The Commentary editors asked six education, business, and STEM leaders to respond to the following question: What is missing from the discussion around ensuring all students have access to well-trained and qualified science teachers? To read other responses, please visit OpEducation’s Science Learning: Under the Microscope.
Charles S. Dumais
A few years ago, I asked my then elementary-school-age children when the sun would be overhead. Noon, of course, was the wrong (but predictable) answer. I explained why they were wrong, but when I asked them the same question recently, I still got the same answer.
Misconceptions are terribly difficult to correct. Advanced concepts are learned by extending earlier learning, and, while accuracy in prior learning is critical, creating pathways for conceptual extensions to understanding is far more important, especially in science. We count on elementary teachers to provide explanations and instruction that support future learning. In reading, writing, social studies, and, to a certain degree, mathematics, elementary teachers have an excellent vision of the path and provide instruction that prevents many strongly held misconceptions from developing. Our children become great writers because they learn sound writing fundamentals in elementary classrooms.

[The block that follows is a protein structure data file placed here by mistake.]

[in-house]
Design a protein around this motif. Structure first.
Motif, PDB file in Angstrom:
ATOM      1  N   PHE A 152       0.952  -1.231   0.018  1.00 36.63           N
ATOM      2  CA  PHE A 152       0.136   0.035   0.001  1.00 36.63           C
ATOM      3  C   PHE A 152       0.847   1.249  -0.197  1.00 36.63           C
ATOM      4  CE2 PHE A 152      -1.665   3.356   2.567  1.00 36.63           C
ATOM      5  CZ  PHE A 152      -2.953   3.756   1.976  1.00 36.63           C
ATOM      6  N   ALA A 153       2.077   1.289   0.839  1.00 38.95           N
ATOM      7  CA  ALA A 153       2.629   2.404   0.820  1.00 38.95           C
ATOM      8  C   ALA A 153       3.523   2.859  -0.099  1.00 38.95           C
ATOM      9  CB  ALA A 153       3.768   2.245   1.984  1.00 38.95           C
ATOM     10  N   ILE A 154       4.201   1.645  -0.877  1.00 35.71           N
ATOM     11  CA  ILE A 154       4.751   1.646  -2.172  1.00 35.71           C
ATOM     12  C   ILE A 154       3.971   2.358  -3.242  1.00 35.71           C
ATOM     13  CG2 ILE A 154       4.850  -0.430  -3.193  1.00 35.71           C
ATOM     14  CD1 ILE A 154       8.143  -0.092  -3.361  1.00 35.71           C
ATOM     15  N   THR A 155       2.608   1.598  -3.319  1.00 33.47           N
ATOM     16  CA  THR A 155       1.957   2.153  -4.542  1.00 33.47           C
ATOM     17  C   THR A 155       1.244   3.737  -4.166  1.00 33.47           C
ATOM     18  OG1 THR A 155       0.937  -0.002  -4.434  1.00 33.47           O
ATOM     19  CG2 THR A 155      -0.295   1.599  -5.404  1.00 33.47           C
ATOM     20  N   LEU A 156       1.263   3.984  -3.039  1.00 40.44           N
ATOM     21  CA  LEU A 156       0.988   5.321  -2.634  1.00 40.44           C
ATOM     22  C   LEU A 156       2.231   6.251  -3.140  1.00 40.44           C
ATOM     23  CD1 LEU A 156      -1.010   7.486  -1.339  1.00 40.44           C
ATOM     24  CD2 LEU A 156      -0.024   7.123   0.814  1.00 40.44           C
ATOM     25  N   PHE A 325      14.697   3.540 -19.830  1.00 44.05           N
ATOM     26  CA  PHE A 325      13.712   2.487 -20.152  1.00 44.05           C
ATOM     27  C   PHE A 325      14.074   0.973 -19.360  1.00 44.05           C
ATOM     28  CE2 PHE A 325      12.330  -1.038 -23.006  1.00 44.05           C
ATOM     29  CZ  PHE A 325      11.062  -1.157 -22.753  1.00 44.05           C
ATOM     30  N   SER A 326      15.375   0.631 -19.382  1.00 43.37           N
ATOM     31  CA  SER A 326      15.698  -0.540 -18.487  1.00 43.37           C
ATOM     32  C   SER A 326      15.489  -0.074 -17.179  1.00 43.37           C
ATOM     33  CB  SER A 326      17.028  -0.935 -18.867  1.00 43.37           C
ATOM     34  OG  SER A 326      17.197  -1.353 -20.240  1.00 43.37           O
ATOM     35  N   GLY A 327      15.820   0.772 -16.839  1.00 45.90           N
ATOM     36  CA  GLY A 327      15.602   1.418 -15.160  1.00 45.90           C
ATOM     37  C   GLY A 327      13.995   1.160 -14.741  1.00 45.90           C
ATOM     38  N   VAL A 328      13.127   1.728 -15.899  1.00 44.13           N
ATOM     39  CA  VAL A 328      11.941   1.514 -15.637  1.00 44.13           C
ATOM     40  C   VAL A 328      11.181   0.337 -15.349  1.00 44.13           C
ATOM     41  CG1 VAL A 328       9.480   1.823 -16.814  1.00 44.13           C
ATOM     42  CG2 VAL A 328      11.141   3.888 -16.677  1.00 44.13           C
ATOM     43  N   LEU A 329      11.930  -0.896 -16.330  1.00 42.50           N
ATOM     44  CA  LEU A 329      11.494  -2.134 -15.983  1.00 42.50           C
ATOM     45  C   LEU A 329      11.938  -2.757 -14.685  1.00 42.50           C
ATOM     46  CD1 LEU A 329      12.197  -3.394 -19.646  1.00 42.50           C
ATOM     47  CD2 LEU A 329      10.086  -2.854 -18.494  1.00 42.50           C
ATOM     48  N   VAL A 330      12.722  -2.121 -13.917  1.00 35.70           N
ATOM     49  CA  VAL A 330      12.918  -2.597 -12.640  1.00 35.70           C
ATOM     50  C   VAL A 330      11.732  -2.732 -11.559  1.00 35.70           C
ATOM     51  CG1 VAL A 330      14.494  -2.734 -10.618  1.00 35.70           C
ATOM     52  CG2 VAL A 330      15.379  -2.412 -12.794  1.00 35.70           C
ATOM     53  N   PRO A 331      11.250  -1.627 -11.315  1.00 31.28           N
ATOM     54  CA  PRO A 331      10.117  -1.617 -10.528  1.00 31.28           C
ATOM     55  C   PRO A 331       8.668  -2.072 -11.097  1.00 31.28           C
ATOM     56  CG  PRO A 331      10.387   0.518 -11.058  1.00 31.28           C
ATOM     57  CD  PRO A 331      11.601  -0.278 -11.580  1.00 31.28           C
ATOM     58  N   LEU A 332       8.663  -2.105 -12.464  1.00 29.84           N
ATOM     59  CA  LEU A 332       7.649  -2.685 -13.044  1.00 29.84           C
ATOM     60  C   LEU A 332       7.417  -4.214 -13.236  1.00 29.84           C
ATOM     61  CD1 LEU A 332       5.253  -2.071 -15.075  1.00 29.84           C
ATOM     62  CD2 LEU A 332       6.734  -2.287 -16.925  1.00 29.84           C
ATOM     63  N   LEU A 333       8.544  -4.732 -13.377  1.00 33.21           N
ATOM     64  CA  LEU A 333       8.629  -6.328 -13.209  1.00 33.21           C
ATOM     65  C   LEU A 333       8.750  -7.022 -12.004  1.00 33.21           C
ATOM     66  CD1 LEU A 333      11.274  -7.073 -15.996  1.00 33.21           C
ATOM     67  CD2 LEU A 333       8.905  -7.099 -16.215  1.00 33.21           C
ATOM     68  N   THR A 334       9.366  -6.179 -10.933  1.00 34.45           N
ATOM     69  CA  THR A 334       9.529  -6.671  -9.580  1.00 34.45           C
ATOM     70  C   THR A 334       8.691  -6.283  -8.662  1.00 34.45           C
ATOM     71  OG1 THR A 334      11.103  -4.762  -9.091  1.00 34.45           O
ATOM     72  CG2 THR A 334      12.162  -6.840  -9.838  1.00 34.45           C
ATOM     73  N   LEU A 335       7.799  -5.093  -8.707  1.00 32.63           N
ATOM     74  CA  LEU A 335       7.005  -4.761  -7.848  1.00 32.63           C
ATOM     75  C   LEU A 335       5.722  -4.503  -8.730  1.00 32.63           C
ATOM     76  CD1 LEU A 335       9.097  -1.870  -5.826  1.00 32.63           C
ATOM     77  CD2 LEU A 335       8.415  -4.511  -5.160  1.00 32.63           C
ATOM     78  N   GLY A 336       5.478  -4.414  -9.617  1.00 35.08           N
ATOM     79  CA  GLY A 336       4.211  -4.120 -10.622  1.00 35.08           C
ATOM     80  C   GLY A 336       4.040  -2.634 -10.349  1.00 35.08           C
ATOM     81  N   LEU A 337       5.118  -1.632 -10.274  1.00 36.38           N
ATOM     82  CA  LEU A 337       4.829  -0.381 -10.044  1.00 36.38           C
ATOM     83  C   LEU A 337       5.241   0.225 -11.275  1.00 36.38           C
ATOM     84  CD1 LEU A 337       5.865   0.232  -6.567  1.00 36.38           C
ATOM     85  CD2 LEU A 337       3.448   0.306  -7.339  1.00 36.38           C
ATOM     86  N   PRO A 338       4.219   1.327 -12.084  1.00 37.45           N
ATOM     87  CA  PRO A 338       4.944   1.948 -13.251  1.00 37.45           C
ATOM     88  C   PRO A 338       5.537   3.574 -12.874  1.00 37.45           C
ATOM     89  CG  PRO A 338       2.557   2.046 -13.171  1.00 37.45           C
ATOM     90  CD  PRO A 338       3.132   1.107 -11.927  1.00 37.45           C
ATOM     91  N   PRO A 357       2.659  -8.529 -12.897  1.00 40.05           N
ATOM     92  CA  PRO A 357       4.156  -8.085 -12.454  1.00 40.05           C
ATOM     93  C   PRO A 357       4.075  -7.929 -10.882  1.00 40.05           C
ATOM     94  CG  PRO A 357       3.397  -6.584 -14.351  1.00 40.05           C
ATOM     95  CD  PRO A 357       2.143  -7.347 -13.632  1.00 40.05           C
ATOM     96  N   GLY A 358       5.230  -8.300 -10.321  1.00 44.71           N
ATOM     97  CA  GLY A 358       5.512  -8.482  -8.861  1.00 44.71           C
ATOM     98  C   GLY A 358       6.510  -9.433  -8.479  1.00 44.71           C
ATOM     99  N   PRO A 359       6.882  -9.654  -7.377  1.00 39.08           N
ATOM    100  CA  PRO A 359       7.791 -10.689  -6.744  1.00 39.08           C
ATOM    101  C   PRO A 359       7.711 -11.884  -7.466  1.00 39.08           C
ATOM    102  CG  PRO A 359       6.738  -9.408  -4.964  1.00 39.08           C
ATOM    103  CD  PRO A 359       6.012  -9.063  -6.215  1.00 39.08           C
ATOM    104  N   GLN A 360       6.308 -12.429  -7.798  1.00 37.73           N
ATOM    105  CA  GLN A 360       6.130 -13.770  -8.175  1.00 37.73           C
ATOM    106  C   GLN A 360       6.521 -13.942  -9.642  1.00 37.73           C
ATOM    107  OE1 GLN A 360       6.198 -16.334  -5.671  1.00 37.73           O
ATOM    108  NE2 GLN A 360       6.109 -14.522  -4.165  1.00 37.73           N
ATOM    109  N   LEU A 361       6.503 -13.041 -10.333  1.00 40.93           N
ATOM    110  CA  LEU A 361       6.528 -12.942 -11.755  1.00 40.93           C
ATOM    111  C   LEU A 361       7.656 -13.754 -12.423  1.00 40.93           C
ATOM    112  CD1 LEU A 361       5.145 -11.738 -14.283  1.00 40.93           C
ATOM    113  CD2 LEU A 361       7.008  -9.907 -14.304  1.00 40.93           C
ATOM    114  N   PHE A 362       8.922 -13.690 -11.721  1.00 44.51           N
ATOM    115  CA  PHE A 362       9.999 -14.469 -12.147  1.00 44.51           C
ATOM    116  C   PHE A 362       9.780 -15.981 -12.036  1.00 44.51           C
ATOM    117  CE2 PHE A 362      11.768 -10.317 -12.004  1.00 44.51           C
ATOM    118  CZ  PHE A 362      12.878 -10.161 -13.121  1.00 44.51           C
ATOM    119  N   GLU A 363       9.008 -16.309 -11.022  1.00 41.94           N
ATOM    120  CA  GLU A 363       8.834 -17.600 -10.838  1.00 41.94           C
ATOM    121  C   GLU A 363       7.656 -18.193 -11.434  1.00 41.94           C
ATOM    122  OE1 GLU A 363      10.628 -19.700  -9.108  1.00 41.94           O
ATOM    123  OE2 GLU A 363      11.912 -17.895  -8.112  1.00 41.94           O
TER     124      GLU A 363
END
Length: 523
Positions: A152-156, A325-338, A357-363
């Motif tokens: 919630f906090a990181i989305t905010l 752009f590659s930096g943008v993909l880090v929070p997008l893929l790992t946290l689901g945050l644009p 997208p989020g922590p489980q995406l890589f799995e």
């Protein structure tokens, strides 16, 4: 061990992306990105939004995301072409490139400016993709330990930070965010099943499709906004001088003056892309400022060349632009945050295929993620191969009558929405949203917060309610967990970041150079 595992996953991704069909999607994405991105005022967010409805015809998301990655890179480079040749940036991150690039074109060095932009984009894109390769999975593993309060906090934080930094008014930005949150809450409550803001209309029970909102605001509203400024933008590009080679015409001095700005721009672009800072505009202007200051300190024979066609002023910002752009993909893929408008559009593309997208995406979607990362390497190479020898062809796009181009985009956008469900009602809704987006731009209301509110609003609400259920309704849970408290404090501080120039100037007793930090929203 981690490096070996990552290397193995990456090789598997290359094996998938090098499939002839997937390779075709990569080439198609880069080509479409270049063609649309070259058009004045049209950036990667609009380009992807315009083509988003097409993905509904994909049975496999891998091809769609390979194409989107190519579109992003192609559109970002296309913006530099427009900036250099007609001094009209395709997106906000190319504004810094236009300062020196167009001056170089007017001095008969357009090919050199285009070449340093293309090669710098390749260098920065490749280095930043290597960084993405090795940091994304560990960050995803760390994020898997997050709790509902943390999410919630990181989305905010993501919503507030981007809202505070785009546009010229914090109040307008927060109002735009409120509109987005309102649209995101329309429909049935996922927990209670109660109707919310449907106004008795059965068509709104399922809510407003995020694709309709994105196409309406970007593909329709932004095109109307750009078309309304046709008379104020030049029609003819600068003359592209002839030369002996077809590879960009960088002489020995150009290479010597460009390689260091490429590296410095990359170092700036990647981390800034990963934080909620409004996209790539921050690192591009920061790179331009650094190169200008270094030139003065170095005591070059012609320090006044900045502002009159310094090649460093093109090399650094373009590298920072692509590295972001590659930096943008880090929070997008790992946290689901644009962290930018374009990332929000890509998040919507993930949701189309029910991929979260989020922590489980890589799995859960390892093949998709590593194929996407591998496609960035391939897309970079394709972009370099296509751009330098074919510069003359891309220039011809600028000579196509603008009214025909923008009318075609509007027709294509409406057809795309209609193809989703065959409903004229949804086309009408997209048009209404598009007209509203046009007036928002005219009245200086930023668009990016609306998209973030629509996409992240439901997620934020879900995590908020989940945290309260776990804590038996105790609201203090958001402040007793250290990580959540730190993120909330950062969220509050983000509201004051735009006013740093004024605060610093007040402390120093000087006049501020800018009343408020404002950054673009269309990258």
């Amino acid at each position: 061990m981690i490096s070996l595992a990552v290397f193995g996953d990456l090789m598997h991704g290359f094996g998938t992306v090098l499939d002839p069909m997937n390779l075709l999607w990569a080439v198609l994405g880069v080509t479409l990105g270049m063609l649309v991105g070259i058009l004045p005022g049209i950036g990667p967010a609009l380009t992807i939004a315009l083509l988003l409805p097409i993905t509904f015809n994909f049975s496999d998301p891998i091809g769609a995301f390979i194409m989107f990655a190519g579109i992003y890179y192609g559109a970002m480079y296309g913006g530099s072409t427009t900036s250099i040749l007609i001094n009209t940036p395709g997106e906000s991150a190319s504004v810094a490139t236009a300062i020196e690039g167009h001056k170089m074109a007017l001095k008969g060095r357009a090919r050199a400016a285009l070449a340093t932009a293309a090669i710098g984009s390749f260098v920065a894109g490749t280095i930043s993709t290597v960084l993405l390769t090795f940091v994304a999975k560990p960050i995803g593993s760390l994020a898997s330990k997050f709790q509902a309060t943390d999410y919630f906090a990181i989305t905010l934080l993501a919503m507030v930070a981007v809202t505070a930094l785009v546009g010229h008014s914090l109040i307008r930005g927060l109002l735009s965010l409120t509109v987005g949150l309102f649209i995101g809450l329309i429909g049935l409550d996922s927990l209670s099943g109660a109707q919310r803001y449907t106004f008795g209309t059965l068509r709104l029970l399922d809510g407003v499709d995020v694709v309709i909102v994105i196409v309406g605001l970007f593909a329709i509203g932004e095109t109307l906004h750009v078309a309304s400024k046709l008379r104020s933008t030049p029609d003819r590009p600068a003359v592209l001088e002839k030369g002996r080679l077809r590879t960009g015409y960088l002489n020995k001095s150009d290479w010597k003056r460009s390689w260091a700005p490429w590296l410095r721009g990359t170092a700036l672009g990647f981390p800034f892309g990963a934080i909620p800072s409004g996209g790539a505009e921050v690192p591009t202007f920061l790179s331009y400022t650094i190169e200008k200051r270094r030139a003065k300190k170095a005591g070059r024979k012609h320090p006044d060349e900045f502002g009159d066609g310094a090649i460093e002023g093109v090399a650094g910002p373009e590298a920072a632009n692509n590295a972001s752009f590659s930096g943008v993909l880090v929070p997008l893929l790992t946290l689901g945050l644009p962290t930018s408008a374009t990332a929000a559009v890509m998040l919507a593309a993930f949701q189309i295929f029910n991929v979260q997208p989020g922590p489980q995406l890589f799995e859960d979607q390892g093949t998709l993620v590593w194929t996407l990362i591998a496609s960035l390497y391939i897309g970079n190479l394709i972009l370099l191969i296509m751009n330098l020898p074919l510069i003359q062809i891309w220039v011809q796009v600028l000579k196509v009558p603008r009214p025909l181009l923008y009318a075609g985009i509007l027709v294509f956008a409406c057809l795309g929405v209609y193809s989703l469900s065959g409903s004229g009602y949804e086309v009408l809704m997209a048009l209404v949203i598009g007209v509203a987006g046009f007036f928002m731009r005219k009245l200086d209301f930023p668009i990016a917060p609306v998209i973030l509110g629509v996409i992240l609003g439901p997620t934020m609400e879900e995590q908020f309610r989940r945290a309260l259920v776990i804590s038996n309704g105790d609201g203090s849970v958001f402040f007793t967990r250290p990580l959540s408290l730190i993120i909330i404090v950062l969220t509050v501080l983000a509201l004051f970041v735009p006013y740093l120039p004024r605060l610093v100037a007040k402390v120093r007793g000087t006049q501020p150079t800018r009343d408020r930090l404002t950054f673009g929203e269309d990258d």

Developing elementary teachers’ skills in scientific inquiry and expanding their experience and knowledge of critical science concepts will help to give them the skills and information that they need to provide a clear direction for future science learning for our children. Forgo the worksheets that attempt to generalize fundamental scientific concepts when they can be easily explored and explained by just going outside and taking a look at the sky.
Charles S. Dumais is the superintendent of Amity Regional School District No. 5 in Woodbridge, Conn.
The opinions expressed in OpEducation are strictly those of the author(s) and do not reflect the opinions or endorsement of Editorial Projects in Education, or any of its publications.